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O'Dwyer's Newsletter - Jun. 18, 2012 - Vol. 45 - No. 25 (download PDF version)


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MEDIA NEWS ____________________
 

CARBONELL LEADS FORBES COMMS.

Mia Carbonell, who led corporate communications for HSN and Rodale, among other media entities, has moved to Forbes Media as senior VP of corporate communications.

Forbes magazine

She takes on a role vacated by Forbes’ long-time PR head Monie Begley in May, reporting to Mike Perlis, president and CEO for the past year and a half since the company’s restructuring.

Carbonell was VP/corporate comms. at home shopping giant HSN after three years leading corporate comms. at publisher Rodale.

Earlier, she was executive director, corporate comms., for Time Warner and directed external comms. at Vivendi Universal after stints at Hill & Knowlton and on-air for WPLG (Miami).

WSJ REPORTER RESIGNS OVER RACY E-MAILS

Gina Chon resigned her reporter job at the Wall Street Journal after racy emails surfaced this month that revealed a relationship with President Obama’s nominee for the Iraq ambassador post.

“Gina Chon agreed to resign this afternoon after acknowledging that while based in Iraq she violated the Dow Jones Code of Conduct by sharing certain unpublished news articles with Brett McGurk, then a member of the U.S. National Security Council in Iraq,” said Dow Jones in a statement.

The paper maintains that the relationship did not affect Chon’s reporting. The pair is now married.

President Obama has nominated McGurk for the Iraq ambassador slot.

SHAREHOLDERS BACK AOL DIRECTORS

AOL shareholders voted to re-elect all eight members of the company’s board, casting aside a takeover bid by investment firm Starboard Value, which owns 5.3 percent of AOL’s outstanding shares.

“Today's outcome reaffirms our strong belief that AOL has the right strategy and team to successfully execute on our plan to continue to deliver enhanced value for all stockholders,” AOL said in a statement.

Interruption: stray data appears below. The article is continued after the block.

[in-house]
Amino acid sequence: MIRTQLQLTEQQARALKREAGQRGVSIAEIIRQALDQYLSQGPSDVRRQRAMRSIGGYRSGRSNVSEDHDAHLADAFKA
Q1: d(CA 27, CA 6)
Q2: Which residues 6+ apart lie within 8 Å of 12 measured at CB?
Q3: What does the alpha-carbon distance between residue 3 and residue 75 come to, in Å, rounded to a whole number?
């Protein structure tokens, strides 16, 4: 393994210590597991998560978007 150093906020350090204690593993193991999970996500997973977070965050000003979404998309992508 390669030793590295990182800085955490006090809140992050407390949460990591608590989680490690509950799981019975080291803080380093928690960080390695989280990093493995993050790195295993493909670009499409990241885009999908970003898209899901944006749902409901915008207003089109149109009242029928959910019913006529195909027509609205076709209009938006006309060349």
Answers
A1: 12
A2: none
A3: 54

Starboard, which got a boost this month with the backing of Institutional Shareholder Services, declared victory in saying AOL “adopted many of our suggestions, taking AOL stock from near an all-time low to near an all-time high.”

Starboard put three directors up for election. ISS backed two of the Starboard candidates and six incumbents on the AOL board.

TIMES-PICAYUNE FIRES HALF ITS NEWS STAFF

Advance Publications is cutting 84 of the 173 staffers of the Times-Picayune as the 175-year old paper goes to a three-day a week schedule in the fall, leaving New Orleans as the biggest city without a daily paper. A total of 200 people are getting the boot.

Employees that survived the cut will work for Nola Media Group, which will oversee news coverage. NMG will have a staff of 275.

Other staffers will wind up at Advance Central Services Louisiana, an entity formed to produce the newspaper and provide support services.

The staff reductions are effective Sept. 30.

Steve Newhouse, chairman of Advance.net, said the layoffs are the best way to keep the T-P “going as a quality news operation.”

Advance is cutting another 400 people in Alabama at Birmingham News, Huntsville Times and Press-Register in Mobile.

USA TODAY’S BLOCK TO KIPLINGER’S

Sandra Block, USA Today personal finance reporter and columnist, has moved to Kiplinger’s Personal Finance as senior associate editor for the magazine and website.

Block
Block

Block covered topics like taxes, consumer banking, student loans, credit cards, insurance and retirement, and introduced her weekly “Your Money” column in 1998.

Janet Bodnar, editor of KPF, said, “We have always thought Sandy would be a valuable addition to our staff, and the time has finally come.”

Block previously reported for Dow Jones and the Akron Beacon Journal and co-authored “The Busy Family’s Guide to Money” and “Easy Ways to Lower Your Taxes.”

CAMERON DENIES NEWS CORP. FAVORITISM

British Prime Minister David Cameron denied showing any favoritism towards Rupert Murdoch’s News Corp., saying that it was in his political interest to curry favor with the entire media after he become chief of the Conservative Party in 2005.

Cameron told the Leveson inquiry on June 14 that he met with media people 1,400 times, including 19 sessions with Rebekah Brooks (former editor of News of the World), 15 times with James Murdoch (ex-News International chief) and 10 times with Rupert.

He dismissed as nonsense talk of the existence of either a “covert or overt deal” with Murdoch’s properties.

Cameron took issue with earlier testimony of predecessor PM Gordon Brown of the Labour Party, who said the Conservatives were in Murdoch’s pocket.

Brown testified June 11 that the Conservatives adopted every one of the policies put forward by the Murdoch empire including reducing press regulation and cutting funding for the BBC. Cameron said of Brown’s testimony: “He has cooked up an entirely specious and unjustified conspiracy theory.”

The current PM said he would have fired former spokesman and of News of the World editor Andy Coulson had he had any inside information about the phone hacking scandal.

The Leveson panel demanded that News International release more of the communications between Brooks and Cameron.

 

 
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